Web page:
For our joy to last, we must share it with others. Unfortunately, in modern society people too often seek antidotes to sadness and loneliness as if these two plagues weren’t related. We ward off sadness by medication and seek companionship by various types of social media. It is, however, a mistake to try and treat these two weaknesses individually. Rather, by spending time with friends and family, we share joy, and by sharing our joy, we prolong it. And do we not want to be joyful at all times? Indeed, if we could prolong our joy so that it should never end, then we would desire nothing else. And this never-ending joy properly belongs to God who wishes to share it with us so that as Jesus says, “[his] joy may be in you, and . . . your joy may be complete” (Jn 15:11).
Today marks the Feast of the Visitation, the second of the joyful mysteries of the Rosary. At the annunciation, Gabriel tells Mary that her cousin Elizabeth is six months pregnant. Immediately following this, we see Mary hurrying to visit Elizabeth. Mary’s selflessness is evident here, having just become pregnant herself. And sharing in the joy of God, she immediately rushes to help her six-month pregnant cousin. Upon her arrival, she brings the joy of God to both Elizabeth and to John the Baptist in Elizabeth’s womb. Joy desires to spread.
Joy is persistent and humble. Consider the famous parable of the prodigal son. When the son returns, it is not enough for the father to be happy and rejoice alone or only with his son. Rather, he slaughters the fatted calf and throws a party such that when the elder brother “came and approached the house, he heard music and dancing” (Lk 15:25). This same elder brother was unhappy at the return of the younger brother and failed to share in the father’s joy. So the father, in a show of humility, pleads with him to join the party and accept the joy.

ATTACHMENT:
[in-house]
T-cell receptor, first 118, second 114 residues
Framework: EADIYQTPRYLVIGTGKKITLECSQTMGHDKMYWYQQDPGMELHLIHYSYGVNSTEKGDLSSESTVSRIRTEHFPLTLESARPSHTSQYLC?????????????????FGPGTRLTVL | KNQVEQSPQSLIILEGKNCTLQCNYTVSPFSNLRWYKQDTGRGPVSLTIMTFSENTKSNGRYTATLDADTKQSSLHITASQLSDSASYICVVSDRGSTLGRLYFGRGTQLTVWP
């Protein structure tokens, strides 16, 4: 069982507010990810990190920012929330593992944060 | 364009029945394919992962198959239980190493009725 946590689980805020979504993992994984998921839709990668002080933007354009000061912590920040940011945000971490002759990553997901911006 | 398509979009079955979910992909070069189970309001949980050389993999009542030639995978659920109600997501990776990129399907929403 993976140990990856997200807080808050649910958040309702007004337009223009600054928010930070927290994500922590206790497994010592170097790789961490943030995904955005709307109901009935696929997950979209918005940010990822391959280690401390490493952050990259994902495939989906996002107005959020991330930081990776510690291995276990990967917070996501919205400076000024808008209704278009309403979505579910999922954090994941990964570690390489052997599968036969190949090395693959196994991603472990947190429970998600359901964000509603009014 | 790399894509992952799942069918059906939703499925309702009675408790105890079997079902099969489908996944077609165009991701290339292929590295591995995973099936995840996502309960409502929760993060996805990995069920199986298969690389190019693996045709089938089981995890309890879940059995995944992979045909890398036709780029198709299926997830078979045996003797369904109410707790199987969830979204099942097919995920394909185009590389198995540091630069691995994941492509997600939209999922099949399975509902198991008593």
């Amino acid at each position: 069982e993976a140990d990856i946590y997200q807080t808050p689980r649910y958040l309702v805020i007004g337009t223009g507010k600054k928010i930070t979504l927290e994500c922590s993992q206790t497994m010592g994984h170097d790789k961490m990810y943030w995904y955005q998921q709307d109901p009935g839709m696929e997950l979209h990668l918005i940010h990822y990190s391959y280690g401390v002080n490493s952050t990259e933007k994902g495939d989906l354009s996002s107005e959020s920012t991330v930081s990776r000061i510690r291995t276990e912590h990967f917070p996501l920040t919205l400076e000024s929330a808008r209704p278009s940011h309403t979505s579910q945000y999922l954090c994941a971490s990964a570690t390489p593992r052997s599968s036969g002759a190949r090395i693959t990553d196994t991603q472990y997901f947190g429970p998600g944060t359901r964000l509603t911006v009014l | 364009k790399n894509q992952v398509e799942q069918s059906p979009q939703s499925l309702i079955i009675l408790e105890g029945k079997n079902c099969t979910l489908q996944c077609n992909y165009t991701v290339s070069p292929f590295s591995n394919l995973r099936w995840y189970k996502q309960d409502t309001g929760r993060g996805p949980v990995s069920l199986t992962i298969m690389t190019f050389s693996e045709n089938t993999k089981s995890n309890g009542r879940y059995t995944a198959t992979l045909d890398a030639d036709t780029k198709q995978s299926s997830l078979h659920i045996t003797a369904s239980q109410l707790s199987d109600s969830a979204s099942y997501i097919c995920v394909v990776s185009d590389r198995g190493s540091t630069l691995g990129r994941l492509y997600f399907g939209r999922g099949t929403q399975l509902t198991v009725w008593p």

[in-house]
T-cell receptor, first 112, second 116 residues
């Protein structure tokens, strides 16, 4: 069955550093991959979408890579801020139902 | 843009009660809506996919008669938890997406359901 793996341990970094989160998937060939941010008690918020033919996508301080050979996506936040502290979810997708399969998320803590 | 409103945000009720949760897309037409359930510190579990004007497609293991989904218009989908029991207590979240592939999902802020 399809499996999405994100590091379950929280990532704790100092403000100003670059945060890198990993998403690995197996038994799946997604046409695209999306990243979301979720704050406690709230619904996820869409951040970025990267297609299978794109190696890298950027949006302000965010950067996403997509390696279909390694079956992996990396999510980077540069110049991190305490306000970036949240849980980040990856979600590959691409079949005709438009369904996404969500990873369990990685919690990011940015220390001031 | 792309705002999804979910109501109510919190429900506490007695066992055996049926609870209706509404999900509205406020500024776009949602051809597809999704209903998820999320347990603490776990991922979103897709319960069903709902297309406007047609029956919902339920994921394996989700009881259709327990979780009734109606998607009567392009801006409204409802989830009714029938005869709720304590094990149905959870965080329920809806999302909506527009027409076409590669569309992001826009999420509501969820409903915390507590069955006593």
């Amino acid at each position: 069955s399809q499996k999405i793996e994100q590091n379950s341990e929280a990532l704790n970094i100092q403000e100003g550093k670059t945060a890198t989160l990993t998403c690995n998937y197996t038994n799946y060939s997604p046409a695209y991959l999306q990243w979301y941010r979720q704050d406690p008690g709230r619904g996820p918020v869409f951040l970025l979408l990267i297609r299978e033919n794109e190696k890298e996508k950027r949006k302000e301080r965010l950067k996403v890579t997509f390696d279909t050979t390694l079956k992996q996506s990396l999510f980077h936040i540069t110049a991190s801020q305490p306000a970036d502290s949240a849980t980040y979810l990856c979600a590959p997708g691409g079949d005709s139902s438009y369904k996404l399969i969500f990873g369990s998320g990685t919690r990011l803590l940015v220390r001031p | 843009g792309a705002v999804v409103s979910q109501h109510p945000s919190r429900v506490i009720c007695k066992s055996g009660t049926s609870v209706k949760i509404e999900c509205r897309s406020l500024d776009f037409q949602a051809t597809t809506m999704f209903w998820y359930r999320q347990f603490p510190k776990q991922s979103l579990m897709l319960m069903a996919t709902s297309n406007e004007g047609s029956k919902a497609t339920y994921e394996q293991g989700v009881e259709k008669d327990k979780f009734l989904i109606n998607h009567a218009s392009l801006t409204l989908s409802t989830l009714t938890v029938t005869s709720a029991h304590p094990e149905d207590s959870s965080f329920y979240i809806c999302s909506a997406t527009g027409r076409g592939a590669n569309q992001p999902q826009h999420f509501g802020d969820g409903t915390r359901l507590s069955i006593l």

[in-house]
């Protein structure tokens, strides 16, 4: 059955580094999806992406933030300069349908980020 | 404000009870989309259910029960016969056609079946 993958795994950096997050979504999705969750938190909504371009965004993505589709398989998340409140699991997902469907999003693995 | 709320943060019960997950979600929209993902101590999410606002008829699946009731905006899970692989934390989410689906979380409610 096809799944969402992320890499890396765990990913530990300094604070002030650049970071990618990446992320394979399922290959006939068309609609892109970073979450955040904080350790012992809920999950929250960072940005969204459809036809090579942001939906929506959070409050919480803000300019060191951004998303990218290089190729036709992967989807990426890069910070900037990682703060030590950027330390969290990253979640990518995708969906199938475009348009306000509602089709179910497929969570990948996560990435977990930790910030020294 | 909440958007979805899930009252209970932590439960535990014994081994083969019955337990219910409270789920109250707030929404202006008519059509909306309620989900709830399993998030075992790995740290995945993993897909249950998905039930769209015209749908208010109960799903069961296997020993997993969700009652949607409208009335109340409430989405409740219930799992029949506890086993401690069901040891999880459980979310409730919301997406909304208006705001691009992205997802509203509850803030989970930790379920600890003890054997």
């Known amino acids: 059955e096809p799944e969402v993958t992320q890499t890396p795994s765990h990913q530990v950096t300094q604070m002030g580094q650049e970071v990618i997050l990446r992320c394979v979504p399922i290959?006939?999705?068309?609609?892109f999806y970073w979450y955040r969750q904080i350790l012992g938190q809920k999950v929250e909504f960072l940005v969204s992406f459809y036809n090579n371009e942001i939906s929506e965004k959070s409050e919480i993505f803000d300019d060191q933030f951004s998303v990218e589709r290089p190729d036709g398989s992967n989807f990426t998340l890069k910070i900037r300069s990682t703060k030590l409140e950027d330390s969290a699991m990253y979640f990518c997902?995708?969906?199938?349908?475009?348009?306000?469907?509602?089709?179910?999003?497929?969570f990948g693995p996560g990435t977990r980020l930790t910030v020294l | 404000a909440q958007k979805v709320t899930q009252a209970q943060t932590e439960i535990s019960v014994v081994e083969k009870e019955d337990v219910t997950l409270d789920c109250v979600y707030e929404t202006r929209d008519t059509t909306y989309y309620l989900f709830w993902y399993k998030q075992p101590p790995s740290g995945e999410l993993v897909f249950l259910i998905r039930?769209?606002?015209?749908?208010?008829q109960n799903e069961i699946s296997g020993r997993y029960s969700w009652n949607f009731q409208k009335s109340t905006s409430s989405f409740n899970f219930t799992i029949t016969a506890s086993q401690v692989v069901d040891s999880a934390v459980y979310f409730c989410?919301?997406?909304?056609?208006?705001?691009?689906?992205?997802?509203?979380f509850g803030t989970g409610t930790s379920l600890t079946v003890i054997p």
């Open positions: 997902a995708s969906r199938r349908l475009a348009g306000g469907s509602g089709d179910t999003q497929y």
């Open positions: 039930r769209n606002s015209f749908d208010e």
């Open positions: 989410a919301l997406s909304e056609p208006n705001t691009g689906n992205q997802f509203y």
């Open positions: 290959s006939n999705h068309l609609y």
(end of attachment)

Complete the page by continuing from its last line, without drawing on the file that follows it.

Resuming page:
Joy does not turn to sorrow when it is spurned but instead perseveres and seeks more receptive hearts. Call to mind the parable of the wedding banquet, “The wedding is ready, but those invited were not worthy. Go therefore into the main streets, and invite everyone you find to the wedding banquet” (Mt 22:8–9). The wedding banquet could not be celebrated without guests, but there was no thought of canceling the feast. Perfect joy cannot be had by an individual in isolation, but rather, true joy inspires generosity and a desire to share joy. In these three examples we sees joy being shared—with a beloved cousin, with a reluctant son and brother, and with strangers on the street. Joy pours forth from God through men to men.
If then we have received joy, we also must share it. Even St. Anthony, the father of monks, took time to visit St. Paul the Hermit in the desert. If these hermits visited with each other even after having been called by God to a life of solitude, we should more frequently visit our neighbors to share our joy. We can always share the joy that St. Anthony and St. Paul undoubtedly shared with each other—the joy of being loved by God. This is the abiding joy that cannot be lost or taken away but is ever present in all men, and most particularly in Christians. It provides a firm foundation for friendship to push back the loneliness of our present life.
Image: Matthias Grünewald, St. Anthony Visiting St. Paul the Hermit in the Desert